We currently find ourselves at a unique inflection point in American history. Though I agree with Charles Hugh Smith's assessment that "Our Ruling Elites Have No Idea How Much We Want to See Them All in Prison Jumpsuits," we have yet to reach the point where the general public is prepared to do something about it. I think there are several reasons for this, but the primary obstacle relates to how easily the citizenry is divided and conquered. The mass media, largely owned and controlled by billionaires and their corporations, is highly incentivized to keep the public divided against itself on trivial issues, or at best, on real problems that are merely symptoms of bipartisan elitist plunder.
To appreciate the significance of what I'm about to share, you really need to go back and read yesterday's post: The Jeffrey Epstein Rabbit Hole Goes a Lot Deeper Than You Think.
In that piece, I shared many lesser known, but extremely bizarre facts about Jeffrey Epstein and the people around him. I also noted that it appeared his real job was to run a blackmail operation to ensnare some of the most wealthy and powerful people on earth. I alluded to the possibility that he was collecting this priceless information on behalf of a third party, and then just today we learn the following via the Daily Beast:
“Is the Epstein case going to cause a problem [for confirmation hearings]?” Acosta had been asked. Acosta had explained, breezily, apparently, that back in the day he’d had just one meeting on the Epstein case. He’d cut the non-prosecution deal with one of Epstein’s attorneys because he had “been told” to back off, that Epstein was above his pay grade. “I was told Epstein ‘belonged to intelligence’ and to leave it alone,” he told his interviewers in the Trump transition, who evidently thought that was a sufficient answer and went ahead and hired Acosta. (The Labor Department had no comment when asked about this.)...
Like many of you, I've been following the Jeffrey Epstein story with horror, disgust and open eyes for several years. While it's always been a creepy, twisted and completely bizarre saga, I was unaware of just how inexplicable and strange it is until I did some more digging earlier today.
I put a bunch of information together in a Twitter thread, and rather than reinvent the wheel, here it is:
As Americans head off to Independence Day celebrations, they'll be greeted with a plethora of headlines about record highs in the U.S. stock market. What I find most interesting about the latest bout of exuberance is the fact that priced in gold, stocks remain far below last fall's peak.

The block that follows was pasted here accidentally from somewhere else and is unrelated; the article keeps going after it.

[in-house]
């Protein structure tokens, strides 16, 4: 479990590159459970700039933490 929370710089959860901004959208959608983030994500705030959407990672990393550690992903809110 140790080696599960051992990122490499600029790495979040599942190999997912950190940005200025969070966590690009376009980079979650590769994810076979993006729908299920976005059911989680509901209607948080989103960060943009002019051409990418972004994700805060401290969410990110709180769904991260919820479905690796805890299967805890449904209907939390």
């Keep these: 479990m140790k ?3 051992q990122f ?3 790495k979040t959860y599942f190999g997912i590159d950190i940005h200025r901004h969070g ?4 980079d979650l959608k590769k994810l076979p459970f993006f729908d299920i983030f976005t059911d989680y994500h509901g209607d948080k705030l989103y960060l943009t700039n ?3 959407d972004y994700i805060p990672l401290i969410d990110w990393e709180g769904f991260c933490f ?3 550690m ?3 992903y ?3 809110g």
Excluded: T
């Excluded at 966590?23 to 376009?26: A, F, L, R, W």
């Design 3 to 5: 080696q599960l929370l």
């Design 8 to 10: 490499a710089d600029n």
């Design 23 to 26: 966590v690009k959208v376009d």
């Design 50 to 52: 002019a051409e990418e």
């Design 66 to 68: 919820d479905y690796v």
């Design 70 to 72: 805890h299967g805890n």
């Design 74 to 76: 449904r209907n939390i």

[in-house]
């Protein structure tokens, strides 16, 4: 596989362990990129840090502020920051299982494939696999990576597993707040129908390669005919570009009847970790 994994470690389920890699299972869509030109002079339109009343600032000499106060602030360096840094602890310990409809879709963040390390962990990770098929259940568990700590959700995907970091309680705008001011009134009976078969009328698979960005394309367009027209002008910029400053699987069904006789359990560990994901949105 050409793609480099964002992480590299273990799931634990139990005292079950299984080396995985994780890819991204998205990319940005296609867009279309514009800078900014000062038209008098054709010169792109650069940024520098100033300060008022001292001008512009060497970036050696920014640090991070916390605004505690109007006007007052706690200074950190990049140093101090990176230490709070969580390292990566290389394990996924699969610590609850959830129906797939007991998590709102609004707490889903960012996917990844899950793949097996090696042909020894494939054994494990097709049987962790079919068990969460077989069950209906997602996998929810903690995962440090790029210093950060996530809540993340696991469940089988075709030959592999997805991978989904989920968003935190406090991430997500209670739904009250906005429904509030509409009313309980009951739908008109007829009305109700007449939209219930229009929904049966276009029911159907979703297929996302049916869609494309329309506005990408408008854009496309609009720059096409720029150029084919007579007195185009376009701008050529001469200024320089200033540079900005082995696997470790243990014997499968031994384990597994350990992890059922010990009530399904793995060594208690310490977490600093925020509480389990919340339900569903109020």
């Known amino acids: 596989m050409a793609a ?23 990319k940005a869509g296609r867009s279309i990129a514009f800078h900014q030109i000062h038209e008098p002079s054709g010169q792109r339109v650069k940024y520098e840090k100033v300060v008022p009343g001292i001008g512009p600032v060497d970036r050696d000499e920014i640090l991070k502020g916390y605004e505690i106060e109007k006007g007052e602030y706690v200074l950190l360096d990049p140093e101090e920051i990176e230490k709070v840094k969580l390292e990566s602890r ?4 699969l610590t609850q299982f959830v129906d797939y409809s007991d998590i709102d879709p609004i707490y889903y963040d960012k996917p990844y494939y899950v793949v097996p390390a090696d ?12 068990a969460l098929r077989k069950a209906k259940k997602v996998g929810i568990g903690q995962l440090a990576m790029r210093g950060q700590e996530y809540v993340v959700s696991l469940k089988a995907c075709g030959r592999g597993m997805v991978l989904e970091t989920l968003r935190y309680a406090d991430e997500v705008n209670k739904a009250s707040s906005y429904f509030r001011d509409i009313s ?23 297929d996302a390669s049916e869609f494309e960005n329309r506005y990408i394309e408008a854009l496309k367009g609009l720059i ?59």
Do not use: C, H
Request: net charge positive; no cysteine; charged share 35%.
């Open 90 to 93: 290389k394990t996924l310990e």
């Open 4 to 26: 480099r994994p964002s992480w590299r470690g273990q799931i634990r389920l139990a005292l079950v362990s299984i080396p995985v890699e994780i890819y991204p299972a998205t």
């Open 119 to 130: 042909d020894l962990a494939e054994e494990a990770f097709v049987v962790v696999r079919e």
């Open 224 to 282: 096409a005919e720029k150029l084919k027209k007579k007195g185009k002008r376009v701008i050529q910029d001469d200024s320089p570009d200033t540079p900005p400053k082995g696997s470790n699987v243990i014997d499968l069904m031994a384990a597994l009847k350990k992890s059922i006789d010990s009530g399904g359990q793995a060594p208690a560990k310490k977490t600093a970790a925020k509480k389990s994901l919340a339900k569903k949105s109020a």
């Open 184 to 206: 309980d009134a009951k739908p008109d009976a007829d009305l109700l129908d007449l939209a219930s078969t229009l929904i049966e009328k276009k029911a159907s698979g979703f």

From my perspective, a real equity bull market is one where the stock market, in this case the S&P500, consistently hits new highs relative to what's historically been the world's politically-neutral monetary asset, gold; and the U.S. stock market did exactly that from August 2011 until September 2018. Though equities in nominal terms bottomed in March 2009, we didn't really get the all clear in my view until equities started rallying versus gold in late summer 2011.
We cannot content ourselves with simplistically dividing civilization into a workday world of everyday life that is properly social, as I call it, in which we reproduce the conditions of our individual existence at work, in the home, and among our friends, and, of course, the state, which reduces us at best to docile observers of the activities of professionals who administer our civic and national affairs. Between these two worlds is still another world, the realm of the political, where our ancestors in the past, at various times and places historically, exercised varying, sometimes complete control over the commune and the confederation to which it belonged.
- Murray Bookchin, A Politics for the Twenty-First Century
Today, the concept of citizenship has already undergone serious erosion through the reduction of citizens to "constituents" of statist jurisdictions, or to "taxpayers" who sustain statist institutions.
- Murray Bookchin, Cities
In the spirit of my recent interest in direct democracy and the future of human governance, I finally got around to reading something that's been on my radar for a while. It's a collection of nine essays by the late political philosopher Murray Bookchin published together in a book titled:The Next Revolution - Popular Assemblies and the Promise of Direct Democracy. It did not disappoint.
While there are numerous key points on which Bookchin and I would have disagreed spiritedly, that's not the purpose of this piece. Aside from being a wealth of information and knowledge (he closely studied nearly every major revolution in the Euro-American world), his greatest service here is a framework through which to understand human governance and how and why it's all gone so terribly wrong. Many of his themes cover ideas and realizations I've come to on my own, but the clarity with which he describes certain key concepts helped refine my thinking. The purpose of this post is to outline some of these ideas.
ZUCK: yea so if you ever need info about anyone at harvard
ZUCK: just ask
ZUCK: i have over 4000 emails, pictures, addresses, sns
FRIEND: what!? how'd you manage that one?
ZUCK: people just submitted it
ZUCK: i don't know why
ZUCK: they "trust me"
ZUCK: dumb fucks